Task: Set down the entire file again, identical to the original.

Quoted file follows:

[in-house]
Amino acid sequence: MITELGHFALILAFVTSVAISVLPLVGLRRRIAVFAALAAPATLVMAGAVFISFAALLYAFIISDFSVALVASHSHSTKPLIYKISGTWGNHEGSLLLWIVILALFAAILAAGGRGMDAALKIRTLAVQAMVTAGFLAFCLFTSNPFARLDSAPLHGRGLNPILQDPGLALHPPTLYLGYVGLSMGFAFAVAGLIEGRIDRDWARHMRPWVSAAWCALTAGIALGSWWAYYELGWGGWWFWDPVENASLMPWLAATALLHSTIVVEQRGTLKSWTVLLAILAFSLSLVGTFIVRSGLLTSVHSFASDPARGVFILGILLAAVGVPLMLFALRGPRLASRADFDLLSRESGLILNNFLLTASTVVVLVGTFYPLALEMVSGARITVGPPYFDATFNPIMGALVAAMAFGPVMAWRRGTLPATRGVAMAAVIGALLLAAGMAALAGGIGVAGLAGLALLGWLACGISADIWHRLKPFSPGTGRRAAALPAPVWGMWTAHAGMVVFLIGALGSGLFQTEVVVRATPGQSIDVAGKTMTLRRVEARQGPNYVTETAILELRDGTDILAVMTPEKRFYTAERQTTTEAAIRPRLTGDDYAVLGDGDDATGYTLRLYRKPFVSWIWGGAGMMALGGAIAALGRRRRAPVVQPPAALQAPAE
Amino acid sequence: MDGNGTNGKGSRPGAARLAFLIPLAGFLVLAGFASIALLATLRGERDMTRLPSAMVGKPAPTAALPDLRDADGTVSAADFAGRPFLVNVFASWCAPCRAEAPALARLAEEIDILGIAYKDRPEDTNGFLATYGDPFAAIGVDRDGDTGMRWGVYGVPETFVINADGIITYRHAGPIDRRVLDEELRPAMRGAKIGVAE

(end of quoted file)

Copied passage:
[in-house]
Amino acid sequence: MITELGHFALILAFVTSVAISVLPLVGLRRRIAVFAALAAPATLVMAGAVFISFAALLYAFIISDFSVALVASHSHSTKPLIYKISGTWGNHEGSLLLWIVILALFAAILAAGGRGMDAALKIRTLAVQAMVTAGFLAFCLFTSNPFARLDSAPLHGRGLNPILQDPGLALHPPTLYLGYVGLSMGFAFAVAGLIEGRIDRDWARHMRPWVSAAWCALTAGIALGSWWAYYELGWGGWWFWDPVENASLMPWLAATALLHSTIVVEQRGTLKSWTVLLAILAFSLSLVGTFIVRSGLLTSVHSFASDPARGVFILGILLAAVGVPLMLFALRGPRLASRADFDLLSRESGLILNNFLLTASTVVVLVGTFYPLALEMVSGARITVGPPYFDATFNPIMGALVAAMAFGPVMAWRRGTLPATRGVAMAAVIGALLLAAGMAALAGGIGVAGLAGLALLGWLACGISADIWHRLKPFSPGTGRRAAALPAPVWGMWTAHAGMVVFLIGALGSGLFQTEVVVRATPGQSIDVAGKTMTLRRVEARQGPNYVTETAILELRDGTDILAVMTPEKRFYTAERQTTTEAAIRPRLTGDDYAVLGDGDDATGYTLRLYRKPFVSWIWGGAGMMALGGAIAALGRRRRAPVVQPPAALQAPAE
Amino acid sequence: MDGNGTNGKGSRPGAARLAFLIPLAGFLVLAGFASIALLATLRGERDMTRLPSAMVGKPAPTAALPDLRDADGTVSAADFAGRPFLVNVFASWCAPCRAEAPALARLAEEIDILGIAYKDRPEDTNGFLATYGDPFAAIGVDRDGDTGMRWGVYGVPETFVINADGIITYRHAGPIDRRVLDEELRPAMRGAKIGVAE